Impurities in Hydride Gases Part 2: Investigation of Trace CO2 in the Liquid and Vapor Phases of Ultra-Pure Ammonia
Authors: Funke, Hans H.; Welchhans, Jon; Watanabe, Tadaharu; Torres, Robert; Houlding, Virginia H.; Raynor, Mark W.
Source: Journal of Electronic Materials, Volume 33, Number 8, 1 August 2004 , pp. 873-880(8)
Abstract:Ammonia (NH3) as a precursor for epitaxial nitride films is required to be free of trace oxygenated impurities, such as CO2, that have been shown to negatively affect growth processes and device performance. Carbon dioxide can react reversibly with the NH3 gas to form ammonium carbamate, NH4 COONH2 (a solid with low solubility in liquid NH3) and, therefore, can be present in cylinder sources both in the free and chemically bound form. A gas chromatograph (GC)-based method has been developed to accurately quantify the total CO2 content in both vapor- and liquid-phase NH3 streams. A heated GC-sampling manifold is used to thermally decompose any NH4COONH2 present in the sample or calibration standard so that all CO2 is analyzed in its free form. Several commercial cylinder sources maintained at room temperature were analyzed by this method, and in all cases, equilibrium concentrations of <75 parts-per-billion by volume (ppbv) CO2 were present in the gas phase as long as residual liquid was present. Slightly higher concentrations were found in the liquid phase, and upon exhaustion of the liquid phase and heating, CO2 levels strongly increased to parts-per-million by volume (ppmv) levels. The excess CO2 is likely adsorbed on the cylinder walls or dispersed in the liquid as solid NH4 COONH2 . These results are consistent with thermodynamic calculations based on equilibrium data for the carbamate system available in the literature. To meet the purity requirements of organo-metallic vapor-phase epitaxy processes, the performance of an adsorbent-based purifier that is capable of removing residual CO2 in both free and chemically bound forms from NH3 streams is discussed.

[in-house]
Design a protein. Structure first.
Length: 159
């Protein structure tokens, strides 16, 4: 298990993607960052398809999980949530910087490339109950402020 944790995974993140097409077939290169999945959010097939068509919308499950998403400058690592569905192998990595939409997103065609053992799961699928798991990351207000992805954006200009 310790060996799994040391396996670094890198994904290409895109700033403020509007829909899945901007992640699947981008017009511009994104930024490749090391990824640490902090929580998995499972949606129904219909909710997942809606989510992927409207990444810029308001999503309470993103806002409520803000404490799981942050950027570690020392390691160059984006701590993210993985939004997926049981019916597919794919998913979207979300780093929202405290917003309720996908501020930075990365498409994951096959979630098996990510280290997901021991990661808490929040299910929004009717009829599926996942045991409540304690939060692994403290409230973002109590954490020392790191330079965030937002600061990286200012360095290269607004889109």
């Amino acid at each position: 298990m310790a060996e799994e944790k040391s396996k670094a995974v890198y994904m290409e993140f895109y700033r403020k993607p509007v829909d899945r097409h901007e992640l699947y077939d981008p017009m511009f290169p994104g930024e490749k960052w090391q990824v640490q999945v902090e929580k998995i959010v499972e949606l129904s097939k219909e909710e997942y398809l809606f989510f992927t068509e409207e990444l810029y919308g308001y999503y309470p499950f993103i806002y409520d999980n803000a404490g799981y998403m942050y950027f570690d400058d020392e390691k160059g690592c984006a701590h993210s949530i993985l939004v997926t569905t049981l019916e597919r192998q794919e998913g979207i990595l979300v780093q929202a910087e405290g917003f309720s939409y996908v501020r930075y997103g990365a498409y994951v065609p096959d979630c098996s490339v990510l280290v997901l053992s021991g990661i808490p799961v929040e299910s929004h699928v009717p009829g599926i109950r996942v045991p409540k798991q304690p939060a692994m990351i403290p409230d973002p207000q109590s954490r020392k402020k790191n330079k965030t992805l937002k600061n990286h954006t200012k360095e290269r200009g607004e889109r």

Document Type: Regular paper
Publication date: 2004-08-01